Belfast Telegraph

Cream rises to top on fast track

By Steven Beacom

Bathed in early morning sunshine, the Mary Peters Track was a picture as the athletics began at this year's World Police and Fire Games.

 

In the Olympics there is always a surge of excitement when the track and field events get under way and in south Belfast yesterday you could reach out and touch the feelgood atmosphere.

Everyone you met from competitors to officials, volunteers to spectators, all had a smile on their face.

And no one was smiling more than Dame Mary herself, sat in the new stand beside Sports Minister Caral Ni Chuilin, a huge supporter of these Games.

The Mary Peters stadium, built to commemorate our Golden Girl's Olympic success in 1972, has undergone a much-needed facelift recently.

In many ways the World Police and Fire Games was the catalyst for spending £3 million on the refurbishment of one of Northern Ireland's most famous sporting venues.

With so many taking part in the athletics in the Games, a high-class facility was needed for the competitors and that is exactly what they have got at the Mary Peters arena with its new eight-lane track, which has a 'Mondo' surface finished to the same standard as the Olympic Stadium in London.

Sprinters tell you it is a joy to run on, giving them the opportunity to post fast times.

Brent Gray (pictured) from the Los Angeles Sheriffs Department doesn't need much help on that score.

His personal best is 10.24 seconds for the 100 metres.

The 'A' standard qualifying time for next week's World Championships is 10.15 and the 'B' standard is 10.21, so Brent, at his peak, is extremely close to what is required to meet the likes of the legendary Usain Bolt in top class competition.

And some say the quality of sportsmen and women on show at these Games is not up to much.

They should have been watching the chilled-out Gray, slowing up yesterday as he cruised to victory in his 100m heat in a time of 10.69, appreciated by a healthy crowd.

No wonder he is favourite to clinch gold today in the final of his 18-30 age category.

The understated and modest 26-year-old is his own coach and says: “It's fantastic to be here. I'm hoping I can do really well.”

My hunch is he'll do just fine.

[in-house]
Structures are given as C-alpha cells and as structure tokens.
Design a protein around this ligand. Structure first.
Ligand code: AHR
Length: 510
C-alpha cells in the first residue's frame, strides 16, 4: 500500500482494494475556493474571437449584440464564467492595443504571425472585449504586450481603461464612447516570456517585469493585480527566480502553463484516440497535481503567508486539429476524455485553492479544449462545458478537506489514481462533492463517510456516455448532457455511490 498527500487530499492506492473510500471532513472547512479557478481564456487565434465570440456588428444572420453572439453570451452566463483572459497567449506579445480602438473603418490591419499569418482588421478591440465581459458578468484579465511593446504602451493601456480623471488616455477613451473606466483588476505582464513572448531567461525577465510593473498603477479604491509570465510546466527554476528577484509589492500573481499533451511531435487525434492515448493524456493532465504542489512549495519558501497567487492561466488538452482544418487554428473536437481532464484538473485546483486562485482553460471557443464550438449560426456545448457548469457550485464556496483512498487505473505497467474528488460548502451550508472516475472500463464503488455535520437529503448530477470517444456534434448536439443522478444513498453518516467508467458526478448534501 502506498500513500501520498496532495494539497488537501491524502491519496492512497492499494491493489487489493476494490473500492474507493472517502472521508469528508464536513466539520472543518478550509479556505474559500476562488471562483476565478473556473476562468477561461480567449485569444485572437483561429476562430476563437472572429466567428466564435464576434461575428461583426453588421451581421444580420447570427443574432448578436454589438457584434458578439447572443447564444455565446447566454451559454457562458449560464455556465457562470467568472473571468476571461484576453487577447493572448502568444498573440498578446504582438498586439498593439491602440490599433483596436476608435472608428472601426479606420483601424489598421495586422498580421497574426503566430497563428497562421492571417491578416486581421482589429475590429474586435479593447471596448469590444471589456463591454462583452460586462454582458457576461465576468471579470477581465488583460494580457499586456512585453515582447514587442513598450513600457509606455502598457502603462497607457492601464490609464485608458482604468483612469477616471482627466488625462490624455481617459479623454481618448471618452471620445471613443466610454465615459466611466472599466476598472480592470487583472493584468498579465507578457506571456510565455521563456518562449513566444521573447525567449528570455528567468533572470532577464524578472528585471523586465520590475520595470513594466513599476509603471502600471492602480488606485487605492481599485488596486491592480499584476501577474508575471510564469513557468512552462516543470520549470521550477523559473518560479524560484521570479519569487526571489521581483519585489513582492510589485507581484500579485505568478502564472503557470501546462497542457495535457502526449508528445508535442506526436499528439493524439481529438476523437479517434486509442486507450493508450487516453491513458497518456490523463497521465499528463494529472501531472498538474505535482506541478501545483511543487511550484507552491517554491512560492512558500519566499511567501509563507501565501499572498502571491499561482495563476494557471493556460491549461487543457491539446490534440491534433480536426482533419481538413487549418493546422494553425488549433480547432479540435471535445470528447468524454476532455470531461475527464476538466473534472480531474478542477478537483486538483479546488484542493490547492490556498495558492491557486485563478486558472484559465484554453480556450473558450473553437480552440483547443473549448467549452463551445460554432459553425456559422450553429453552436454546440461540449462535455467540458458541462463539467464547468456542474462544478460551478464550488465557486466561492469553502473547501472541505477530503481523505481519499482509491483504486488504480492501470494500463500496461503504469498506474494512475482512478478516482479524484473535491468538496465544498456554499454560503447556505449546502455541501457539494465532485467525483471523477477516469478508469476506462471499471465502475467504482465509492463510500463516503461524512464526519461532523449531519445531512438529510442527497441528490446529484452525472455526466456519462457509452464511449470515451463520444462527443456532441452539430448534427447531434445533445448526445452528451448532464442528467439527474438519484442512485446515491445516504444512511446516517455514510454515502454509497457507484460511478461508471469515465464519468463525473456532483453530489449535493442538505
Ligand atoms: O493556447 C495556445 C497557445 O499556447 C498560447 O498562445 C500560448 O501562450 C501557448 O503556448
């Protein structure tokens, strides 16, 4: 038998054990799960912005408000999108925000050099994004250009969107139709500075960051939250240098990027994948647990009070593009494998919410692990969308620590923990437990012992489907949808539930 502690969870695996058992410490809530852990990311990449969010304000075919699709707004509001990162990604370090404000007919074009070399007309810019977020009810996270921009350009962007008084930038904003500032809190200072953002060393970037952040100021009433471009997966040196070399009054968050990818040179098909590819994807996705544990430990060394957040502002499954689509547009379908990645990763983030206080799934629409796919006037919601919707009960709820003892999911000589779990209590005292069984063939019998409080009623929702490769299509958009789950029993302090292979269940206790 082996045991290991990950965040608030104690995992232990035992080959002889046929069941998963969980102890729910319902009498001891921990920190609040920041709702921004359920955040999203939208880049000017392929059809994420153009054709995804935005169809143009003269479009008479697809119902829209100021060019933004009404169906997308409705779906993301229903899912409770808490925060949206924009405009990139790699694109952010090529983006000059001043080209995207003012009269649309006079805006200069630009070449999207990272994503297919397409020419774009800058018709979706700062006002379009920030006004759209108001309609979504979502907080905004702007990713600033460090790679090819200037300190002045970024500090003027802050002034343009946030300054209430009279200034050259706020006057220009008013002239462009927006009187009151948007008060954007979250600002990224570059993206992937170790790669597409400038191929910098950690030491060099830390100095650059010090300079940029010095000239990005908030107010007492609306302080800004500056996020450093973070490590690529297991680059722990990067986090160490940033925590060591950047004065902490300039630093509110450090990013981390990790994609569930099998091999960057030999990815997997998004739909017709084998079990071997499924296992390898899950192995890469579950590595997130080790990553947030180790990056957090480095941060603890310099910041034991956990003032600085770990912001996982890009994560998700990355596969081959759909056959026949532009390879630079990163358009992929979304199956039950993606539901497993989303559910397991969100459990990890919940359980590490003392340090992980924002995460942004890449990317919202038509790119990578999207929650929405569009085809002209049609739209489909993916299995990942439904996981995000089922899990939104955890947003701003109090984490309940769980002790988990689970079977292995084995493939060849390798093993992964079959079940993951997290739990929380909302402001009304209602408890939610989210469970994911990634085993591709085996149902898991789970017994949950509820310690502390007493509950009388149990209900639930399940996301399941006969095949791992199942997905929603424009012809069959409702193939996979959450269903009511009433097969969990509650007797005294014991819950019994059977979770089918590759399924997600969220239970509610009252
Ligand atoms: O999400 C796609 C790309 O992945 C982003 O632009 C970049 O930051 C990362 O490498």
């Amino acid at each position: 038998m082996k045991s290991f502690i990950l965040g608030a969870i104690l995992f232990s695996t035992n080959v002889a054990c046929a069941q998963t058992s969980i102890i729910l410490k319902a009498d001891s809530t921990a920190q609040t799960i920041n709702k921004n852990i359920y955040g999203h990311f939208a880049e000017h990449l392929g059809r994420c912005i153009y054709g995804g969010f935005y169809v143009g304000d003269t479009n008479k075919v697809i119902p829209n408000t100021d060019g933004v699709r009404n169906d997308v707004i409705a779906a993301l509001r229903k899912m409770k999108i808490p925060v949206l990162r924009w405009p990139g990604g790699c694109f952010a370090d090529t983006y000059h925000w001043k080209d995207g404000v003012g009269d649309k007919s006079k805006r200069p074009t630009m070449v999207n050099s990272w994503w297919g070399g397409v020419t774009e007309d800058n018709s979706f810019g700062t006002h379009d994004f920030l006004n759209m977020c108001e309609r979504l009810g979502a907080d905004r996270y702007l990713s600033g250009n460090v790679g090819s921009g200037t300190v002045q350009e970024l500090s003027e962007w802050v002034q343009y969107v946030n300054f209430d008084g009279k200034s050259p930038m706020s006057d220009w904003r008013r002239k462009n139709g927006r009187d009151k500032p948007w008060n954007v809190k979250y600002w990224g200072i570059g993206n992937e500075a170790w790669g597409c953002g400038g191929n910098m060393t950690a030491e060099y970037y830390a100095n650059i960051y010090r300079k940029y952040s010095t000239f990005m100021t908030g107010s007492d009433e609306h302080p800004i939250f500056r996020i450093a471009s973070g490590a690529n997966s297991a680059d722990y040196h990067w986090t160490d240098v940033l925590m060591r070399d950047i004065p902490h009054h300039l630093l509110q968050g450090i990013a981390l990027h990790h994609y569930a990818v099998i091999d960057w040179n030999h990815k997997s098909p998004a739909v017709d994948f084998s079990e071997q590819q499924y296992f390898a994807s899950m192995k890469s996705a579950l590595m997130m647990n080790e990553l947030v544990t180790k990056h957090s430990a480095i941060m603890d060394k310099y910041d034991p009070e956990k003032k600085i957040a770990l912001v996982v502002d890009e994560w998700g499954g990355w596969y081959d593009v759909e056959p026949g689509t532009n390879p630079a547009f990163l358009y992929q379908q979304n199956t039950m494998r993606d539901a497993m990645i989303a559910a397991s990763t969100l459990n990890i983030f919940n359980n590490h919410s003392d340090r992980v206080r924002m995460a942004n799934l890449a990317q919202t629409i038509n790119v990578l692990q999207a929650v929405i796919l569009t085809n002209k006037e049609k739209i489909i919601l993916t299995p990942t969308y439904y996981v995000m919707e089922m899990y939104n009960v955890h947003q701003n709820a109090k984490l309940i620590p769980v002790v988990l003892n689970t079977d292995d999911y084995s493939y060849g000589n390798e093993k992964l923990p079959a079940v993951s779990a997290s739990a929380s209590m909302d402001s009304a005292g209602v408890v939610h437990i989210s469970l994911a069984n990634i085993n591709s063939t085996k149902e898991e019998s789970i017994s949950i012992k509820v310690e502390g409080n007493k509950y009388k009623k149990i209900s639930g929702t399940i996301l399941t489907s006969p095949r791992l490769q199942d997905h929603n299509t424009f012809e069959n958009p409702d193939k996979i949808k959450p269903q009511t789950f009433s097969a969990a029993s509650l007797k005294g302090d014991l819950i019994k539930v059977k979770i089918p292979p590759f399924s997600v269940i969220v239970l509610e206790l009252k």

One of the interesting aspects of these Games is the wide range of ages involved. Today, for instance, there will be an over 75s 100m final.

Yesterday the oldest sprinter in town was Charles Williams from the Los Angeles Police Department, aged 58 and capable of running 12.2 seconds in the blue ribbon event.

Wearing a USA national vest, this fascinating character revealed he only started racing the 100m when he was 40 because he was tired of distance races events!

Charles finished second in the 100m, but won the 200m and 400m in his category in the previous World Police and Fire Games in New York two years ago. He'd relish similar success this time, but savouring the experience and Ulster hospitality is more important.

He said: “I'm loving Northern Ireland. I've found everyone here so friendly. If I look like I'm lost people will come up to me and help and when I've been on a bus people have been kind enough to point out where my stop is. We've been made to feel very welcome.

“I have to say it’s one of the best organised events I've participated in in 20 years. It feels like it is set up as a world-class Olympics with the electric starting blocks and all the helpers to carry the baskets with your kit in them.”

Charles added that it was a privilege to be racing on a track named after a sporting great which has played host to so many famous names in the past.

“It's remarkable to be here competing at this track because Mary Peters was of course an Olympian champion and years ago one of my heroes Ed Moses ran here, so it's wonderful to be running in the same place.”

The other competitors would say the same.

The athletics continues until Tuesday.

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